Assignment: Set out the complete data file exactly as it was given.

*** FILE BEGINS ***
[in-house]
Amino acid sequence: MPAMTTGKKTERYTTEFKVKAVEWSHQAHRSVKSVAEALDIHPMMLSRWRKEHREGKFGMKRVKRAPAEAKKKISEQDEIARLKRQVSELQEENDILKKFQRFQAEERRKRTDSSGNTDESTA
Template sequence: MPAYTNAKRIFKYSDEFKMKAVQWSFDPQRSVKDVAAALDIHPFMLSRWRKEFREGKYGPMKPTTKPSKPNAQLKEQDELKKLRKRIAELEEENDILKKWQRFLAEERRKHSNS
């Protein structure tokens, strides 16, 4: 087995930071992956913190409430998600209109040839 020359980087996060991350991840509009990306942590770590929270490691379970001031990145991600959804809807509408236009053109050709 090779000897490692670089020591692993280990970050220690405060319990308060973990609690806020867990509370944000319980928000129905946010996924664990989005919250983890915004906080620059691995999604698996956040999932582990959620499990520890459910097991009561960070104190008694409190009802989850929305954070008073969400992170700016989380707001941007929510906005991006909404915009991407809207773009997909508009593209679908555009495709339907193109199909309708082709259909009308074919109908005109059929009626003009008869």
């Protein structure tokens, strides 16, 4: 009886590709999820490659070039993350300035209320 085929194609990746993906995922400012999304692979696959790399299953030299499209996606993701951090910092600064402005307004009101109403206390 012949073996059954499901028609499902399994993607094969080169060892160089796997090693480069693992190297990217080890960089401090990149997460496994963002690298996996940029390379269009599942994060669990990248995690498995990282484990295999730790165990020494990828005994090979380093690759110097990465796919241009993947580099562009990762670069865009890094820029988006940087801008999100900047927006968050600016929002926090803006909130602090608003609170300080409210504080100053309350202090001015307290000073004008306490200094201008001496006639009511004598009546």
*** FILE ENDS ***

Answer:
[in-house]
Amino acid sequence: MPAMTTGKKTERYTTEFKVKAVEWSHQAHRSVKSVAEALDIHPMMLSRWRKEHREGKFGMKRVKRAPAEAKKKISEQDEIARLKRQVSELQEENDILKKFQRFQAEERRKRTDSSGNTDESTA
Template sequence: MPAYTNAKRIFKYSDEFKMKAVQWSFDPQRSVKDVAAALDIHPFMLSRWRKEFREGKYGPMKPTTKPSKPNAQLKEQDELKKLRKRIAELEEENDILKKWQRFLAEERRKHSNS
């Protein structure tokens, strides 16, 4: 087995930071992956913190409430998600209109040839 020359980087996060991350991840509009990306942590770590929270490691379970001031990145991600959804809807509408236009053109050709 090779000897490692670089020591692993280990970050220690405060319990308060973990609690806020867990509370944000319980928000129905946010996924664990989005919250983890915004906080620059691995999604698996956040999932582990959620499990520890459910097991009561960070104190008694409190009802989850929305954070008073969400992170700016989380707001941007929510906005991006909404915009991407809207773009997909508009593209679908555009495709339907193109199909309708082709259909009308074919109908005109059929009626003009008869």
């Protein structure tokens, strides 16, 4: 009886590709999820490659070039993350300035209320 085929194609990746993906995922400012999304692979696959790399299953030299499209996606993701951090910092600064402005307004009101109403206390 012949073996059954499901028609499902399994993607094969080169060892160089796997090693480069693992190297990217080890960089401090990149997460496994963002690298996996940029390379269009599942994060669990990248995690498995990282484990295999730790165990020494990828005994090979380093690759110097990465796919241009993947580099562009990762670069865009890094820029988006940087801008999100900047927006968050600016929002926090803006909130602090608003609170300080409210504080100053309350202090001015307290000073004008306490200094201008001496006639009511004598009546």